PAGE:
|Abstract:||Amphibian species have inexplicably declined or disappeared in many regions of the world, and in some instances, serious malformations have been observed. In the United States, amphibian declines frequently have occurred even in protected areas. Causes for the declines and malformations probably are varied and may not even be related. The seemingly sudden declines in widely separated areas, however, suggests a need to monitor amphibian populations as well as identify the causes when declines or malformations are discovered.
In 2000, the President of the United States and Congress directed Department of the Interior (DOI) agencies to develop a plan to monitor the trends in amphibian populations on DOI lands and to conduct causes of declines. The DOI has stewardship responsibilities over vast land holdings in the United States, much of it occupied by, or potential habitat for, amphibians. The U.S. Geological Survey (USGS) was given lead responsibility for planning and organizing this program, named the Amphibian Research and Monitoring Initiative (ARMI). Authorization carried the mandate to set up a national amphibian monitoring program on Federal lands, to develop the sampling techniques and biometrical analyses necessary to determine status and trends, and to identify possible causes of amphibian declines and malformations.
The biological importance of Great Smoky Mountains National Park has been recognized by its designation as an International Biosphere Reserve. As such, it is clearly the leading region of significance for amphibian research. Although no other region shares the wealth of amphibians as found in the Great Smokies (31 species of salamanders, and 13 of frogs), the entire southern and mid-section of the Appalachian Mountain chain is characterized by a high diversity of amphibians, and inventories and monitoring protocols developed in the Smokies likely will be applicable to other Appalachian National Park Service properties.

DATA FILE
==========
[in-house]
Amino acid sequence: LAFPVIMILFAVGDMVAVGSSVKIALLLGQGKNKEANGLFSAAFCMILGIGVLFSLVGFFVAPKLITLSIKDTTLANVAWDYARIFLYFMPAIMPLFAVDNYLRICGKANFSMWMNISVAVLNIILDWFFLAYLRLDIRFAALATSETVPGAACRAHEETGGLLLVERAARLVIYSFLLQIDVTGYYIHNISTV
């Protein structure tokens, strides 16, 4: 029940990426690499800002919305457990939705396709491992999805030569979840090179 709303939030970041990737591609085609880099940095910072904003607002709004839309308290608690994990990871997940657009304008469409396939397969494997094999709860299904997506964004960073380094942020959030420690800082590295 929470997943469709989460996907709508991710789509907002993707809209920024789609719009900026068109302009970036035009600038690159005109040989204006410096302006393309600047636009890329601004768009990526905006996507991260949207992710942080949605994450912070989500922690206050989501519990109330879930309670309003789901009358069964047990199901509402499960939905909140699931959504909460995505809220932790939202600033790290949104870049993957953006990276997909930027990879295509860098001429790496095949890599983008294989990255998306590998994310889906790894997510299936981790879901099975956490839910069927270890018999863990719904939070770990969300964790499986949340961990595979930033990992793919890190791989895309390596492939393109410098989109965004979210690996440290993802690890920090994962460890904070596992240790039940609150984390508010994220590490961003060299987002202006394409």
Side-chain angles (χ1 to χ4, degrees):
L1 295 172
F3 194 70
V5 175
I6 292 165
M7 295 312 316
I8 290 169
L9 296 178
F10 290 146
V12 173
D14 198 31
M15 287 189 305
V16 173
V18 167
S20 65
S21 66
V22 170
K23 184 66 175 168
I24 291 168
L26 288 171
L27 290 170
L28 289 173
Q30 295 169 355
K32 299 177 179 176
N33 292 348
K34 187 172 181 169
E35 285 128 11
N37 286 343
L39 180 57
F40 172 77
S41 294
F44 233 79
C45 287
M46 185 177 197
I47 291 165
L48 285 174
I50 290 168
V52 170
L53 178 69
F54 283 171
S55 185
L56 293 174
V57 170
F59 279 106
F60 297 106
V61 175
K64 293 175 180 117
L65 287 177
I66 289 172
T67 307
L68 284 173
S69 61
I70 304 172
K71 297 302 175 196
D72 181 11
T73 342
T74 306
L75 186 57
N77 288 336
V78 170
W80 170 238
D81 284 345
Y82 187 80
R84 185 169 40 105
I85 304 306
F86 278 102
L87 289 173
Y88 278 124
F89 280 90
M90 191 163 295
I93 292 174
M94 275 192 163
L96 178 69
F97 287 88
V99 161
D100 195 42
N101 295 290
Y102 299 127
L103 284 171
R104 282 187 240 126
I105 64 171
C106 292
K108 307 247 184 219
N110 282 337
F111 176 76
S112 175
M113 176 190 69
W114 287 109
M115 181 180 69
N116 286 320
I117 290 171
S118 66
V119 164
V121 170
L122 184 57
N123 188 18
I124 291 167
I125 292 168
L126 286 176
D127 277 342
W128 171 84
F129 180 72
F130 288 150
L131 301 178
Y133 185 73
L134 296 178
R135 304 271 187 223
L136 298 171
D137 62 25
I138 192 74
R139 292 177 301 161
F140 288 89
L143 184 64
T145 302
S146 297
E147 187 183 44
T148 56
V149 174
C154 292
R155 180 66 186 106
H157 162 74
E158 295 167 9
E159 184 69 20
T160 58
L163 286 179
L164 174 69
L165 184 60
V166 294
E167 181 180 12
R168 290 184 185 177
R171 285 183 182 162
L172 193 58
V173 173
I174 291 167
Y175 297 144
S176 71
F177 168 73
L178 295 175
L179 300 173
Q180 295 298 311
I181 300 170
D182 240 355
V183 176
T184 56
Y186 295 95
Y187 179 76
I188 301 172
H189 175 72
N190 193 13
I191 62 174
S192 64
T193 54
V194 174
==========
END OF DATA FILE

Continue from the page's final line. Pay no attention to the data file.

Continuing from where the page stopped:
From 1998 to 2001, USGS biologists carried out a pilot inventory and monitoring research project in Great Smoky Mountains National Park. A variety of inventory, sampling, and monitoring techniques were employed and tested. These included wide-scale visual encounter surveys of amphibians at terrestrial and aquatic sites, intensive monitoring of selected plots, randomly placed small-grid plot sampling, litterbag sampling in streams, monitoring nesting females of selected species, call surveys, and monitoring specialized habitats, such as caves. Coupled with information derived from amphibian surveys on Federal lands using various other techniques (automated frog call data loggers, PVC pipes, drift fences, terrestrial and aquatic traps), an amphibian monitoring program was designed to best meet the needs of biologists and natural resource managers after taking into consideration the logistics, terrain, and life histories of the species found within Great Smoky Mountains National Park.
This report provides an overview of the Park?s amphibians, the factors affecting their distribution, a review of important areas of biodiversity, and a summary of amphibian life history in the Southern Appalachians. In addition, survey techniques are described as well as examples of how the techniques are set up, a critique of what the results tell the observer, and a discussion of the limitations of the techniques and the data. The report reviews considerations for site selection, outlines steps for biosecurity and for processing diseased or dying animals, and provides resource managers with a decision tree on how to monitor the Park?s amphibians based on different levels of available resources. It concludes with an extensive list of references for inventorying and monitoring amphibians. USGS and Great Smoky Mountains National Park biologists need to establish cooperative efforts and training to ensure that congressionally mandated amphibian surveys are performed in a statistically rigorous and biologic